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A sticky issue for a faithful deadhead

Published May 29, 2005

It started like a lot of people with my problem.

At first I just experimented. It seemed harmless, and I knew I would be able to quit any time I wanted.

And, before I knew it, I was hooked on bumper stickers.

Deadheads - followers of the Grateful Dead, the world's greatest rock band - are prone to two strange disorders. One is taping (more about that in a second) and the other is plastering vehicles with bumper stickers and decals.

Deadheads tape music because, in the spirit of the 1960s, during which the band was formed, fans were always encouraged to tape music live at concerts and share copies with others. Most tapers will, if you send them a box of tapes, send you back a wealth of what is called "bootleg" music, even though nobody had to conceal its manufacture or possession.

I'm not sure how the sticker thing got started, but we Deadheads can, almost literally, spot one another a mile away on the highway. We just look for a profusion of political, social or humorous bumper stickers, usually interspersed with symbols of the band including skulls, dancing teddy bears, or copies of a rock poster of a skeleton and roses based on Edmund J. Sullivan's illustrations for early 20th century editions of the Rubaiyat of Omar Khayyam. But I prefer to see the overall presentation as an art form based on placement and arrangement of stickers and thoughts.

My Chevrolet minivan offers a perfect canvas with its flat back doors and ample bumper space.

The progression has been the same for years and several vehicles. I always start off with a nice pristine one-sticker offering, usually praising the music of folksinger Mindy Simmons, and then add one Grateful Dead sticker or magnet to balance the folk and rock sides of my personality. Then begins the flood.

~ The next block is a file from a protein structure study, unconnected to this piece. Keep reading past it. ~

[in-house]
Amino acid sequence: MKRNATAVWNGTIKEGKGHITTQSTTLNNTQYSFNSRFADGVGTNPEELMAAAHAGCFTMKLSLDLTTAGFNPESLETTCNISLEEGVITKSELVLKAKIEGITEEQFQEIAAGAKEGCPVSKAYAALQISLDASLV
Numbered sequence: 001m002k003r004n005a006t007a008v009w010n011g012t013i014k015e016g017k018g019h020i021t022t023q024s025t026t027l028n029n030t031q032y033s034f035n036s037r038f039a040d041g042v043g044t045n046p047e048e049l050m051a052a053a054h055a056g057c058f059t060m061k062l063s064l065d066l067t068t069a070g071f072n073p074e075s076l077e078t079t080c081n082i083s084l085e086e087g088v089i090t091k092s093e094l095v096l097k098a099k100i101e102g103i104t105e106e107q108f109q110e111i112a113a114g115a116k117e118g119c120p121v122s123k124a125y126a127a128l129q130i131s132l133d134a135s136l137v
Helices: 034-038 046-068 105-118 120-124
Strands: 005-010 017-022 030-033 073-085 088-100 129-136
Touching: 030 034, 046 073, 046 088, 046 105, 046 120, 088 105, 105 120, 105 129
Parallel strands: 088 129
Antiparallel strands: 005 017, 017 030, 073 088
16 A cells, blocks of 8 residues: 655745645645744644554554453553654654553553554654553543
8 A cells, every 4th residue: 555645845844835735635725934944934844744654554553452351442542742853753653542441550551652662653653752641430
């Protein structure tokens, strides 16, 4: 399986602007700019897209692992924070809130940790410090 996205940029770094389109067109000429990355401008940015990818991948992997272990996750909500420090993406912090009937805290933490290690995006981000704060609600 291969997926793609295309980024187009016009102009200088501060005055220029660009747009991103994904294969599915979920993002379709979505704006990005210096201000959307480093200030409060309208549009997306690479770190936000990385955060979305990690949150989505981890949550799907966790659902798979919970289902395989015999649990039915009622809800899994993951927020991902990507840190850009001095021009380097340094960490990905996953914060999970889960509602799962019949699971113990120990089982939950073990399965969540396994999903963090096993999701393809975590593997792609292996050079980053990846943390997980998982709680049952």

The current display features a statement from Tolkien stating "Not all who wander are lost," names a few favorite places like Boyd's Campground in Key West, voices my support for John Kerry and less favorable opinion of George W. Bush, and a favorite I recently added that I will paraphrase as "It's not that I am old; your music really does stink," reserved for people who think you want to hear their lousy music on bass speakers that make your ears bleed.

Sometimes I spend months pursuing a sticker. For "Subvert the dominant paradigm," I had to go into a store in Key West where the owner and I don't like each other, strangely because he is a conservative and doesn't like people who buy the liberal stickers and shirts he sells. I know, it sounds nuts, but it is Key West.

It was near there on a recent pre-election trip that I saw a sticker I really wanted. It was on the tailgate of a pickup that had seen better days but which displayed social, political and musicological tastes and views similar to mine.

"BUSH-CHENEY," was all I could see at first.

It set me back for a minute, but then I remembered that Deadheads are an equal opportunity fan base and that there are undoubtedly some Republican Deadheads. Heck, even my Republican wife sometimes wears tie-dye, as long as she is reasonably sure she won't be recognized.

Then I saw the smaller print under the names.

"Don't change horsemen," it said, "in mid-apocalypse."

About the time I added the "Jerry Lives" sticker on the driver's side door, noting what some see as a physical resemblance between me and the band's late lead guitarist, I remembered that I drive a lot throughout the United States and wondered if perhaps the overall presentation might not be a bit much - what with most law enforcement types being pretty much on the conservative side.

So when I had to get a new license plate recently, I went ahead and sprung for a Marine Corps license plate with an extra 10 bucks.

That is partially because I am proud of my five years of service in the Corps.

And partially because my mother raised fat kids - not stupid ones.

[Last modified May 29, 2005, 01:04:12]

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